Animal Rights, Animal Welfare: Which Is It?
By: Patti Strand Date: 04/15/1997 Category: | Animal Rights vs Animal Welfare |
Throughout the 20th Century, animal owners, farmers, ranchers, scientists and others who live and work with animals improved standards of care for their livestock, lab animals, and pets, tossing out harsh, ineffective, and inefficient methods and embracing a kinder, gentler stewardship of animals. Some people talked about the "rights" of animals regarding food, water, shelter, and care, but the emphasis was on improving the lives of animals utilized by people, not on eliminating animals from human lives altogether.
However, by the 1980s, the term animal rights had taken on new meaning. Giving rights to animals had become a social and political cause, a moral imperative, which demanded that society adopt a new ethic for human/animal relationships. This new philosophy opposed all use of animals, no matter how humane, no matter how responsible, no matter how much benefit was lost to humanity and other animals from such avoidance.
Today, despite the public's rejection of animal rights, which is clear from the dietary choices of Americans (only 3.2% are vegetarians), animal rights philosophy is a dominant factor in popular culture. The disconnect is caused because many people, even people who label themselves animal rights supporters, don't understand the true beliefs and goals of the animal rights movement or recognize how their own beliefs differ from those views.
To bring this topic into clearer focus, NAIA offers this quick tour of the differences between animal rights and animal welfare, two distinct philosophies.
Animal welfare celebrates the bond between animals and humans; animal rights wants to sever that bond.
Animal rights: "It is time we demand an end to the misguided and abusive concept of animal ownership. The first step on this long, but just, road would be ending the concept of pet ownership." -Elliot Katz, President, In Defense of Animals, "In Defense of Animals," Spring 1997
Animal welfare grows and improves as we learn more and more about animals, their behavior, and their management. Animal rights remains stagnant with its dogma of "no more animal use ever."
Animal rights: "Let us allow the dog to disappear from our brick and concrete jungles--from our firesides, from the leather nooses and chains by which we enslave it." - John Bryant, Fettered Kingdoms: An Examination of A Changing Ethic (Washington, DC: People for the Ethical Treatment of Animals (PeTA), 1982), p. 15.
Animal welfare is inclusive; its belief in stewardship of species and individual animals embraces a human connection to the Earth through interaction with animals. Animal rights is divisive; by separating the destiny of man from the destiny of animals, the movement shows it cares nothing for the Earth.
Animal rights: "...the animal rights movement is not concerned about species extinction. An elephant is no more or less important than a cow, just as a dolphin is no more important than a tuna...In fact, many animal rights advocates would argue that it is better for the chimpanzee to become extinct than to be exploited continually in laboratories, zoos and circuses." (Barbara Biel, The Animals' Agenda, Vol 15 #3.)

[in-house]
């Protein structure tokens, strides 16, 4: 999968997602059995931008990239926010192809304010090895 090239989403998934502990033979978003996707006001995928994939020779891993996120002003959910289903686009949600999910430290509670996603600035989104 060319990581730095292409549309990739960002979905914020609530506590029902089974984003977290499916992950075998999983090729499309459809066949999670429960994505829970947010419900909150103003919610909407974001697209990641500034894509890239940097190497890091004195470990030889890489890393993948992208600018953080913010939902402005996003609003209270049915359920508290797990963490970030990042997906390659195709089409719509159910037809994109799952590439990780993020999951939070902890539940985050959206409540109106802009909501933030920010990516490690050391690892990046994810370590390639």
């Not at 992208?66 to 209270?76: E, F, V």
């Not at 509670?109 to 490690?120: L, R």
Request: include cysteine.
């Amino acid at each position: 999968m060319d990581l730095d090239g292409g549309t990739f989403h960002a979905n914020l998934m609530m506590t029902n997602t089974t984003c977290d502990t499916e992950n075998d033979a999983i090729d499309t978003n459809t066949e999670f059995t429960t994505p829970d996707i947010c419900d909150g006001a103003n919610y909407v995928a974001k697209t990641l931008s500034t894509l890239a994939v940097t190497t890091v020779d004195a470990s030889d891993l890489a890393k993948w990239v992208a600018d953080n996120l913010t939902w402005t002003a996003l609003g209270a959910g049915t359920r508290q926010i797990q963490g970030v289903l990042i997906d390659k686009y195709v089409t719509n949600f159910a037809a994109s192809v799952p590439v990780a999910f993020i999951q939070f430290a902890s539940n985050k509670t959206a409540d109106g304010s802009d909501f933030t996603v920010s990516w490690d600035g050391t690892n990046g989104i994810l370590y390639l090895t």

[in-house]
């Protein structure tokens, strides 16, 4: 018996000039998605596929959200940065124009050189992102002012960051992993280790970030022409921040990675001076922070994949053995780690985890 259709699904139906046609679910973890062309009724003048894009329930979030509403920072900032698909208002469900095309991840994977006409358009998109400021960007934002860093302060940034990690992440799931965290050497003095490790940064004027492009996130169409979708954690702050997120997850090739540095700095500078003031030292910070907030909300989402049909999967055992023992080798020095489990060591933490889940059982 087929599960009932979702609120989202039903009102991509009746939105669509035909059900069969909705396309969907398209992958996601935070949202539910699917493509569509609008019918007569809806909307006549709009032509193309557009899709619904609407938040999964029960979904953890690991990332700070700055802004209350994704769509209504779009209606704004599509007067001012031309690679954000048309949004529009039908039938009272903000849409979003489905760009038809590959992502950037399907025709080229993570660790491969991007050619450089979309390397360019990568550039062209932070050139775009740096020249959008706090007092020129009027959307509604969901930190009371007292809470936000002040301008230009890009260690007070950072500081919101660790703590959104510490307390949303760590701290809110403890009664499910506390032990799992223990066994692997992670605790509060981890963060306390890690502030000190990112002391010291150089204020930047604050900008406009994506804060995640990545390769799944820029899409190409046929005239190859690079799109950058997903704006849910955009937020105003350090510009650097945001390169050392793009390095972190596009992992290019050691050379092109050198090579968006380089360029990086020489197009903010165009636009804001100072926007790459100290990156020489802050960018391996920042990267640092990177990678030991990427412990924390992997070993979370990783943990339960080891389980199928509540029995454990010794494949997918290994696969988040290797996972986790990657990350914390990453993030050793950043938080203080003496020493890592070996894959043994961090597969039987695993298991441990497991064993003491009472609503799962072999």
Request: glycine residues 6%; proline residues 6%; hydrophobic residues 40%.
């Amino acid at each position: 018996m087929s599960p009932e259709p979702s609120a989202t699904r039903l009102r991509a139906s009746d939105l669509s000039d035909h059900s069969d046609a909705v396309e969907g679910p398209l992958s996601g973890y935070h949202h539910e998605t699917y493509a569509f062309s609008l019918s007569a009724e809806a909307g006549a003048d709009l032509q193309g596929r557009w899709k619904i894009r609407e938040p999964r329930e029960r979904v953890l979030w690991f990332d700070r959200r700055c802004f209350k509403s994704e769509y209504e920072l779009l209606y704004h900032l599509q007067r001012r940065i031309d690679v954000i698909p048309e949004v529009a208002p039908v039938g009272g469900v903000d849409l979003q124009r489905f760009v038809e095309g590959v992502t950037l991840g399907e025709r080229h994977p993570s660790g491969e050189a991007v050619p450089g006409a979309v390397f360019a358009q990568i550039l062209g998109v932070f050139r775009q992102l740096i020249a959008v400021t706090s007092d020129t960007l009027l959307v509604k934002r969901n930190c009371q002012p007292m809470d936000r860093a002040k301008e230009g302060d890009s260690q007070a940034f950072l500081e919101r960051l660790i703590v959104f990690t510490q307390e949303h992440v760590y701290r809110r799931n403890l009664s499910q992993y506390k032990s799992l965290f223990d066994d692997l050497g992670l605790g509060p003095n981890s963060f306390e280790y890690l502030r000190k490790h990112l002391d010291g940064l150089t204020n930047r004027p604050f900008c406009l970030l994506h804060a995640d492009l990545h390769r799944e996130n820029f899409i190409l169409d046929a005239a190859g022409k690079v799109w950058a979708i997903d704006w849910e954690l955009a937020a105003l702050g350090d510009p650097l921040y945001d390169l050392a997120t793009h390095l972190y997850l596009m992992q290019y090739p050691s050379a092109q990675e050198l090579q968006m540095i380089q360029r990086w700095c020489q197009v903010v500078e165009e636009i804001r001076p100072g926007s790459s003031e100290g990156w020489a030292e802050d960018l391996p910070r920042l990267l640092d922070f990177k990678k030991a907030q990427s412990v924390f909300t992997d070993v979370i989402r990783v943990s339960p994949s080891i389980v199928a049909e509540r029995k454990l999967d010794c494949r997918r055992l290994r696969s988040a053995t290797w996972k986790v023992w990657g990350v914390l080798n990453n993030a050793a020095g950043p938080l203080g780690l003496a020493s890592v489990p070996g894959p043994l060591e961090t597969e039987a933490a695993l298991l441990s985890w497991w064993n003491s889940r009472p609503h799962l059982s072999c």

Animal welfare makes room for a broad spectrum of animal relationships that include raising and using animals for food, fiber, labor, and medical and behavioral research; managing animal populations by hunting; keeping animals in zoos and other educational venues; and enjoying animal sports and animals in movies, circuses, and on stage.
Animal rights opposes all traditional relationships with animals, from eating meat and wearing leather and wool to biomedical research, pet ownership, dog and cat breeding, circuses, zoos, hunting, trapping, ranching, fishing, and learning about animals by hands-on experience.
Animal rights: "If the death of one rat cured all diseases, it wouldn't make any difference to me." -Chris DeRose, director, Last Chance for Animals, as quoted in Elizabeth Venant and David Treadwell, "Biting Back," Los Angeles Times, April 12, 1990, p. E12.
Animal rights: "My dream is that people will come to view eating an animal as cannibalism." - Henry Spira, director, Animal Rights International, as quoted in Barnaby J. Feder, "Pressuring Purdue," New York Times Magazine, November 26, 1989, p. 192.
Animal rights: "Founded in 1980, PETA operates under the simple principle that animals are not ours to eat, wear, experiment on, or use for entertainment." - PeTA's website, August 2000
Animal welfare requires humane treatment of animals on farms and ranches, in circuses and rodeos, and in homes, kennels, catteries, laboratories, and wherever else animals are kept. Animal welfare endorses a quick death when death is inevitable and a scientific approach to commercial use and management of wild populations.
Animal rights works for the day when we will have no interactions with animals but will view them from afar.
Animal rights: "I don't approve of the use of animals for any purpose that involves touching them - caging them" - Dr. Neal Barnard, Physician's Committee for Responsible Medicine
Animal rights: "We don't want cleaner cages, we want empty cages." - Tom Regan, animal rights leaderTom Regan, animal rights leader
In short, animal welfare works to enrich and celebrate human/animal interactions in an atmosphere of concern for animal well-being; animal rights works for the day when human life will be impoverished because we can no longer enjoy the company of non-human animals.
For more quotes from leaders of the animal rights movement, please visit:http://www.naiaonline.org/naia-library/articles/quotes-from-the-leaders-of-the-animal-rights-movement/
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